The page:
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Multiple glycoproteins synthesized by the smallest RNA segment (S10) of bluetongue virus.

By X Wu, S Y Chen, H Iwata, R W Compans and P Roy

Abstract

The genome of bluetongue virus, an orbivirus, consists of 10 double-stranded RNAs, each encoding at least one polypeptide. The smallest RNA segment (S10) encodes two minor nonstructural proteins, NS3 and NS3A, the structures and functions of which are not understood. We have expressed these two proteins in mammalian cells by using the T7 cytoplasmic transient expression system. Using a deletion mutant (lacking the first AUG initiation codon), we have demonstrated that the second initiation codon is used to initiate the synthesis of NS3A protein and that the two initiation codons are responsible for the synthesis not only of NS3 and NS3A but also of high-molecular-weight forms of both proteins. These higher-molecular-weight forms (GNS3 and GNS3A) are glycosylated. We have also demonstrated that the carbohydrate chains of GNS3 and GNS3A could be further modified by heterogeneous extension to polylactosaminoglycan forms. The glycosylated and nonglycosylated forms are found in similar intracellular locations in the Golgi complex. In the presence of cycloheximide, NS3 and NS3A immunofluorescence staining was pronounced in the Golgi complex, confirming that NS3 and NS3A are competent for transport to the Golgi apparatus after synthesis. We conclude that S10 gene products are integral membrane glycoproteins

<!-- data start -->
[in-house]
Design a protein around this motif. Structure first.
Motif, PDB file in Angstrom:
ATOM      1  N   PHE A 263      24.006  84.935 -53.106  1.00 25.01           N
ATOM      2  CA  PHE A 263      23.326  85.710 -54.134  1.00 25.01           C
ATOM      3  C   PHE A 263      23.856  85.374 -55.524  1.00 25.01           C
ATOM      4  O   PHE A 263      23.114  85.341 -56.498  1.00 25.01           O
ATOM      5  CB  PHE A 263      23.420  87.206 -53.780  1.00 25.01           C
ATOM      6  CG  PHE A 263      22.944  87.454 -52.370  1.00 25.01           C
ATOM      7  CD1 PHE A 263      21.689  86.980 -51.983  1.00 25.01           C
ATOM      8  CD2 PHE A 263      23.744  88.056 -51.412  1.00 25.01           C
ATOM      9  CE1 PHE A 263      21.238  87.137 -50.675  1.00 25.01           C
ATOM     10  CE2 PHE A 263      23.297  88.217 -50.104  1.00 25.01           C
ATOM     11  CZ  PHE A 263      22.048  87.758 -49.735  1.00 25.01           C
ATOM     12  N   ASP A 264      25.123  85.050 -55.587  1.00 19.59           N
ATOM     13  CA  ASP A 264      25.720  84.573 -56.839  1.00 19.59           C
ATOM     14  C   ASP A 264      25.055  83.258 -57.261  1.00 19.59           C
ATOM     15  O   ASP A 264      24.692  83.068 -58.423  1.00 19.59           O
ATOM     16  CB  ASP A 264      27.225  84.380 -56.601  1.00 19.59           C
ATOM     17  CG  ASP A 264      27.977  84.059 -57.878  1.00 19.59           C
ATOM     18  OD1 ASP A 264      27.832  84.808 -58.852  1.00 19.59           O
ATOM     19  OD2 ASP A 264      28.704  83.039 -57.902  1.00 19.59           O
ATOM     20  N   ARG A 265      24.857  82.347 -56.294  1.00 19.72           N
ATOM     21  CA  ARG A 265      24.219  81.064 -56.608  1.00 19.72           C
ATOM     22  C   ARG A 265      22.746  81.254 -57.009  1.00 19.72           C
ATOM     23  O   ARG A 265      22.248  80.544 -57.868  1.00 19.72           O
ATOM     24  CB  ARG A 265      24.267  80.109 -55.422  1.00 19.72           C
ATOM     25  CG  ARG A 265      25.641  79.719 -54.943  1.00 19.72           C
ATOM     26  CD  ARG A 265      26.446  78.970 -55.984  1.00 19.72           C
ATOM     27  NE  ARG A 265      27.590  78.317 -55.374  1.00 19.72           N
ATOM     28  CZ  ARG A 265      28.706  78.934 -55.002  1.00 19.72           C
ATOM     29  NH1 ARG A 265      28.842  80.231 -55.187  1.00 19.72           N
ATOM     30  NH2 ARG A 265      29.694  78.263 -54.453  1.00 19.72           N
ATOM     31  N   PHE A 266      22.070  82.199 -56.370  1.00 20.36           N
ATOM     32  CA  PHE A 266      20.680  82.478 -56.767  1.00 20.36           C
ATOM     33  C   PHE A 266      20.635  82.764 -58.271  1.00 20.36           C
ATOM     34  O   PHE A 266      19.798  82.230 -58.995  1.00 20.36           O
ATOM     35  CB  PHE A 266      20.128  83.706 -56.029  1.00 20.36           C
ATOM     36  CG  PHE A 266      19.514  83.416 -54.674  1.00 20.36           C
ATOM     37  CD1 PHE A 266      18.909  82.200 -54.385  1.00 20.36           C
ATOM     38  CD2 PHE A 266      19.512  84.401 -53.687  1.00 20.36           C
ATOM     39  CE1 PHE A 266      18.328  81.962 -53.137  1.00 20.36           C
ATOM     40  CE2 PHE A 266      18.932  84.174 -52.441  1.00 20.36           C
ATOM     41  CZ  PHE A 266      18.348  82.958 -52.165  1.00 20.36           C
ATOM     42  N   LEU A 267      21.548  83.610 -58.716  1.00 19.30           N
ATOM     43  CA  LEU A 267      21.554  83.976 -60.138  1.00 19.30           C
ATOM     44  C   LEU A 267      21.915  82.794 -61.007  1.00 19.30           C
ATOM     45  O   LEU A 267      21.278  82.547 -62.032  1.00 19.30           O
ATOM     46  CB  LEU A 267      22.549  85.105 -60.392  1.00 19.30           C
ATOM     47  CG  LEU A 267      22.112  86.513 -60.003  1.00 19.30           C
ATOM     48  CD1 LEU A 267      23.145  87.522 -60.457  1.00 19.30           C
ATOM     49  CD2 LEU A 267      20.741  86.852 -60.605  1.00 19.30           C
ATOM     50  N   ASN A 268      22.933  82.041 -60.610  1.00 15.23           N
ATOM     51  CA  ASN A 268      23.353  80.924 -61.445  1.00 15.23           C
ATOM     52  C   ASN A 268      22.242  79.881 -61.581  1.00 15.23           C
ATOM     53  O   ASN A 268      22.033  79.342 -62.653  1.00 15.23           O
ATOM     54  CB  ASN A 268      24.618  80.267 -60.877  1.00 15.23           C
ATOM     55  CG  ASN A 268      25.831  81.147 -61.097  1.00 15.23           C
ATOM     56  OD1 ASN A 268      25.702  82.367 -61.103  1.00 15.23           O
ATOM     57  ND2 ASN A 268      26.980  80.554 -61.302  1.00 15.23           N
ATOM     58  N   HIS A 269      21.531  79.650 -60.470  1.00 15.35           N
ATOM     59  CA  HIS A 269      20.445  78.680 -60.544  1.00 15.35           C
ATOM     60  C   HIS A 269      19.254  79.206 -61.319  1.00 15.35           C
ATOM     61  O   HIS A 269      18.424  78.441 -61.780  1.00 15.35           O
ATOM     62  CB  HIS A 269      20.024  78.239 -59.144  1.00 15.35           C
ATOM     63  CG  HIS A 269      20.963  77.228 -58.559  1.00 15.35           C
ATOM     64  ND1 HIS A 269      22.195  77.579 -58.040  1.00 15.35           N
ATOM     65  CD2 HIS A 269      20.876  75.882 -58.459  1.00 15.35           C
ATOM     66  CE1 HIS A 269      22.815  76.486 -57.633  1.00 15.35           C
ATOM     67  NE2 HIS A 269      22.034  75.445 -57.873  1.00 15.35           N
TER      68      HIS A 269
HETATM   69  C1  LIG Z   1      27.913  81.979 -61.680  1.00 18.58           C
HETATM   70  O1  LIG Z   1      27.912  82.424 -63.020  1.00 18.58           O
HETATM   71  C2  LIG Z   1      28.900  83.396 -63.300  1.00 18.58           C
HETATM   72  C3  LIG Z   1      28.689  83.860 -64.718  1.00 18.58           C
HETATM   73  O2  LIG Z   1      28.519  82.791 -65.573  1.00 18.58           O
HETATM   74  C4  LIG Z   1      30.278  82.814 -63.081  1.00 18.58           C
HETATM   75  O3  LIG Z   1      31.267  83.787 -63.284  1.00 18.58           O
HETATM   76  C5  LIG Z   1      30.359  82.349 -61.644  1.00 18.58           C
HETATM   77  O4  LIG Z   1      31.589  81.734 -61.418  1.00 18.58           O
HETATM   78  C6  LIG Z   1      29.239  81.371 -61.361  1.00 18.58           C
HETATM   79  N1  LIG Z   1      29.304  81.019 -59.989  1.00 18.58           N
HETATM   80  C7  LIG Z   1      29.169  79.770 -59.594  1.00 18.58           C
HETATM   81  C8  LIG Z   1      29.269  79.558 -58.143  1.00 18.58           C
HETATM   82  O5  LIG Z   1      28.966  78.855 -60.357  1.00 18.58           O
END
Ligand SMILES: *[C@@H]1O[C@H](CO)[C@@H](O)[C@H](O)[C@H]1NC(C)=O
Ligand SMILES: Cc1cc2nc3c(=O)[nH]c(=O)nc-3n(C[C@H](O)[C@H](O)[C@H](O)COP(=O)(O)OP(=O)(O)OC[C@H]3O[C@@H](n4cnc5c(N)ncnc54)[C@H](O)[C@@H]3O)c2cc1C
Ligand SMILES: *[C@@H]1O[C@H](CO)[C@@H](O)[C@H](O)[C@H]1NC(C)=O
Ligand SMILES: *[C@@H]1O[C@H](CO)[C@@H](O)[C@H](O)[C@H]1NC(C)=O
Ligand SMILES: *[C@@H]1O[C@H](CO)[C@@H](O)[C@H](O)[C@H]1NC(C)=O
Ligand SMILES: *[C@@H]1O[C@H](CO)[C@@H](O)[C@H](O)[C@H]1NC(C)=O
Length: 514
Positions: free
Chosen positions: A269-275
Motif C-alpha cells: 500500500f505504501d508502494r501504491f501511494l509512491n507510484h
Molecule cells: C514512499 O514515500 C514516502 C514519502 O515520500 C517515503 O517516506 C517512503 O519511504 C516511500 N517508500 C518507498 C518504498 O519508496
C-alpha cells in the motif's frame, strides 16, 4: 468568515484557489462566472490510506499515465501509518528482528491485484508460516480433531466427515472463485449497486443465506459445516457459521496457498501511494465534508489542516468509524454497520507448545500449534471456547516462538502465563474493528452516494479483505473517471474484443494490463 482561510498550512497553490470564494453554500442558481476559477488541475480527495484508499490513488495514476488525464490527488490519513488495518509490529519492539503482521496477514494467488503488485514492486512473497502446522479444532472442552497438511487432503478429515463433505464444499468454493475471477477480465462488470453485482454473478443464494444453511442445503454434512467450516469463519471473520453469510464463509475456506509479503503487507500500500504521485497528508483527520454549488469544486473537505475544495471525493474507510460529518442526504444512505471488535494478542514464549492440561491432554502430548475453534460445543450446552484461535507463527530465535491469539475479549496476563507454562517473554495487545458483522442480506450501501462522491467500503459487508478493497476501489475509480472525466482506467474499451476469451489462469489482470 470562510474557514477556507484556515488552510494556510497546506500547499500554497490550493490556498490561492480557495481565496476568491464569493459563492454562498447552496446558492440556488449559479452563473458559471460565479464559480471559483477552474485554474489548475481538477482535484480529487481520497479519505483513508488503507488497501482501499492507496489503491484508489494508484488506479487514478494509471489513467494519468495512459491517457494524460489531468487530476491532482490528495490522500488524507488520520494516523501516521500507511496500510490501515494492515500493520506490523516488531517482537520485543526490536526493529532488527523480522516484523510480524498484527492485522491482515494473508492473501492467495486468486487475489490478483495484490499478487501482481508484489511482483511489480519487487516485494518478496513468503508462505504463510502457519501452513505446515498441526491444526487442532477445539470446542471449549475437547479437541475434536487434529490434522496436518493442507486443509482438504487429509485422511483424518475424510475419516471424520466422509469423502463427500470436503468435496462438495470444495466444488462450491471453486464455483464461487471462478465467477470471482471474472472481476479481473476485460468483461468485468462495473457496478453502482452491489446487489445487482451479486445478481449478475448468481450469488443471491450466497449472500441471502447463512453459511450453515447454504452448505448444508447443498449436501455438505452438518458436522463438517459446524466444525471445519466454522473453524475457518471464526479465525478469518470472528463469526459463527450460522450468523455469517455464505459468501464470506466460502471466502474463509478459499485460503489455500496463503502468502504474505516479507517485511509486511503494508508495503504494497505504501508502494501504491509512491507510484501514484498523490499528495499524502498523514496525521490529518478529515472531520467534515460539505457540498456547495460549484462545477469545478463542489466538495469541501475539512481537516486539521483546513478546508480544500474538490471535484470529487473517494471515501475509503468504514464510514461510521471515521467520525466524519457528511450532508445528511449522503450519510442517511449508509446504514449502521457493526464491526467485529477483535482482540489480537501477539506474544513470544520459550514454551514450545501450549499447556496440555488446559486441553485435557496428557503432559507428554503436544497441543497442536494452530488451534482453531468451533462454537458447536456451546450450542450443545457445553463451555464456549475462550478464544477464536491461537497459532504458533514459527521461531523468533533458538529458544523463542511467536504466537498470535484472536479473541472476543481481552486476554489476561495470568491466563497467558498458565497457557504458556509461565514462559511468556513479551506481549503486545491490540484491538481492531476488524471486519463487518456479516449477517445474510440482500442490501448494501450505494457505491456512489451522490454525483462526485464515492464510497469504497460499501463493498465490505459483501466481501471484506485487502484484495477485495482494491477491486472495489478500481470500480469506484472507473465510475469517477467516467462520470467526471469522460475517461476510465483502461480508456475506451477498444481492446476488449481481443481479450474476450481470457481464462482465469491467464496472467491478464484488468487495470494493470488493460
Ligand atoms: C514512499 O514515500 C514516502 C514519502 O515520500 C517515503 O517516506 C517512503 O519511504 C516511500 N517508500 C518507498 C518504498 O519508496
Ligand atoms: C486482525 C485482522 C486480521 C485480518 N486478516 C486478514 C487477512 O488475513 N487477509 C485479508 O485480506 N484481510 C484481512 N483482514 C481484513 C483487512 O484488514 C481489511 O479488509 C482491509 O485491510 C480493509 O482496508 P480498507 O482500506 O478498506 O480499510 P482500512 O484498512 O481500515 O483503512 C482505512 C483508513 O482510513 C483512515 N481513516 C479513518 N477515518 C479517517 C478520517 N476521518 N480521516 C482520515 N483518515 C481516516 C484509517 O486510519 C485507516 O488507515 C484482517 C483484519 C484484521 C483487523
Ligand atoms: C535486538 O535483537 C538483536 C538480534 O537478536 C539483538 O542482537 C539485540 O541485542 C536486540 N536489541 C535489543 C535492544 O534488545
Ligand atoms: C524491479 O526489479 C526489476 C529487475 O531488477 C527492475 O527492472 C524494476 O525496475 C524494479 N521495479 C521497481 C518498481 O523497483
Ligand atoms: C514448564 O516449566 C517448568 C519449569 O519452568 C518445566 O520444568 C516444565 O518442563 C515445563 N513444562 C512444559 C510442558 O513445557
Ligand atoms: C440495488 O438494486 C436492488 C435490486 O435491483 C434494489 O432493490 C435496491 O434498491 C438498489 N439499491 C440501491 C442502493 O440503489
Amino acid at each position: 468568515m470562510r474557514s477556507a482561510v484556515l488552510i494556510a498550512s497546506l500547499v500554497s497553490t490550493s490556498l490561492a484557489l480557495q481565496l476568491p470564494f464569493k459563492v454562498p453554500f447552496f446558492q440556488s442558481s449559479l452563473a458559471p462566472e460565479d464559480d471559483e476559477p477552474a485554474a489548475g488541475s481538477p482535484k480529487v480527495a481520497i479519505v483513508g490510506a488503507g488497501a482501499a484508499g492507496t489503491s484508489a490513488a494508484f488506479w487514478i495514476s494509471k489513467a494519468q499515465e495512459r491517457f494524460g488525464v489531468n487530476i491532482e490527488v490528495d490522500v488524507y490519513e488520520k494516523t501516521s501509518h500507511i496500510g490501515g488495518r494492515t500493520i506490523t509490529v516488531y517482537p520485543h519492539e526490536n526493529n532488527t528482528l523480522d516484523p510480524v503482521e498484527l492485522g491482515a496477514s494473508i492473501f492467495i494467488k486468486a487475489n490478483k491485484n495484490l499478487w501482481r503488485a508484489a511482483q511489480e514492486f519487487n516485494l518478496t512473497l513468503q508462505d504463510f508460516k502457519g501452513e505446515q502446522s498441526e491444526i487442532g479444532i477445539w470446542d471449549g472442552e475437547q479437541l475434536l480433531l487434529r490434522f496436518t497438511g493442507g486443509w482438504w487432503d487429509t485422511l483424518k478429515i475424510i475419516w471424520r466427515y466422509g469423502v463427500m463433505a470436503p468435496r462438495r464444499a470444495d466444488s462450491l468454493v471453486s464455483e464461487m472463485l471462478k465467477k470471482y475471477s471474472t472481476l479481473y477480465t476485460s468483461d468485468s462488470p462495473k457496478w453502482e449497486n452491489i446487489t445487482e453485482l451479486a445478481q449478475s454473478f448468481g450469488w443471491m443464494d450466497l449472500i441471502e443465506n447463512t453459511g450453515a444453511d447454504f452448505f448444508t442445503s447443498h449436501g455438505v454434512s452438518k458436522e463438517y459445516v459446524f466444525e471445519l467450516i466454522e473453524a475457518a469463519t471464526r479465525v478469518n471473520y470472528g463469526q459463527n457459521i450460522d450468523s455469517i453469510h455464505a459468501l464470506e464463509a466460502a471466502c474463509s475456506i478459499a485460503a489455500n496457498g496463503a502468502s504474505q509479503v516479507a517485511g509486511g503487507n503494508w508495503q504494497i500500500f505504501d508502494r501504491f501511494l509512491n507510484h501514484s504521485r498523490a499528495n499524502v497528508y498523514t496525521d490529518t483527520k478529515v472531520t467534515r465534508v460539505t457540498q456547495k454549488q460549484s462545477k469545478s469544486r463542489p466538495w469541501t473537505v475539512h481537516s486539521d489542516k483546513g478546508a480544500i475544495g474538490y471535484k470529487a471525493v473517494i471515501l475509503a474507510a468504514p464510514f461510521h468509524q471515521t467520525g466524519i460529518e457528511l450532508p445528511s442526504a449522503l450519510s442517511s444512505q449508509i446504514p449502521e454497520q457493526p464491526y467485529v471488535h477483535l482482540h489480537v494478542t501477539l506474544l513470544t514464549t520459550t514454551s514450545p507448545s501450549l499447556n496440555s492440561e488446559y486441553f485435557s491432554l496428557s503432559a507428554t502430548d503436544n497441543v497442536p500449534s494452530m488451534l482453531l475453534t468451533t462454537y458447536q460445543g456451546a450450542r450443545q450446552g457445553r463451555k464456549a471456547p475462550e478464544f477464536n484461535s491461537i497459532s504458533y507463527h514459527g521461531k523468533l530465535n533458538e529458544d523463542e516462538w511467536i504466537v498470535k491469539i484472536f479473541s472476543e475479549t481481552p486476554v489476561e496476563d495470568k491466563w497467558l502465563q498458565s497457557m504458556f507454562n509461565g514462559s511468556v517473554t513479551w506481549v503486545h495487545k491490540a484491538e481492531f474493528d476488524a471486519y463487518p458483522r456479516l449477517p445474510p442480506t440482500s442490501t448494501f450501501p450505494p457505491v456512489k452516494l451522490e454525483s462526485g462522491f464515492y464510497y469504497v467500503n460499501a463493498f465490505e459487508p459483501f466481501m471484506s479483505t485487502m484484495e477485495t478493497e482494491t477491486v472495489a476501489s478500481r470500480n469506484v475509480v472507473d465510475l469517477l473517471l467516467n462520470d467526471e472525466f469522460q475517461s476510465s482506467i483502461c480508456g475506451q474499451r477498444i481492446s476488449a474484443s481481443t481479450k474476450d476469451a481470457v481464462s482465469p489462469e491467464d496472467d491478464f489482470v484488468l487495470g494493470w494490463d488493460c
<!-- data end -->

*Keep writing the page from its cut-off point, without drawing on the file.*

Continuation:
Topics: Research Article
Year: 1992
OAI identifier: oai:pubmedcentral.nih.gov:240390
Provided by: PubMed Central
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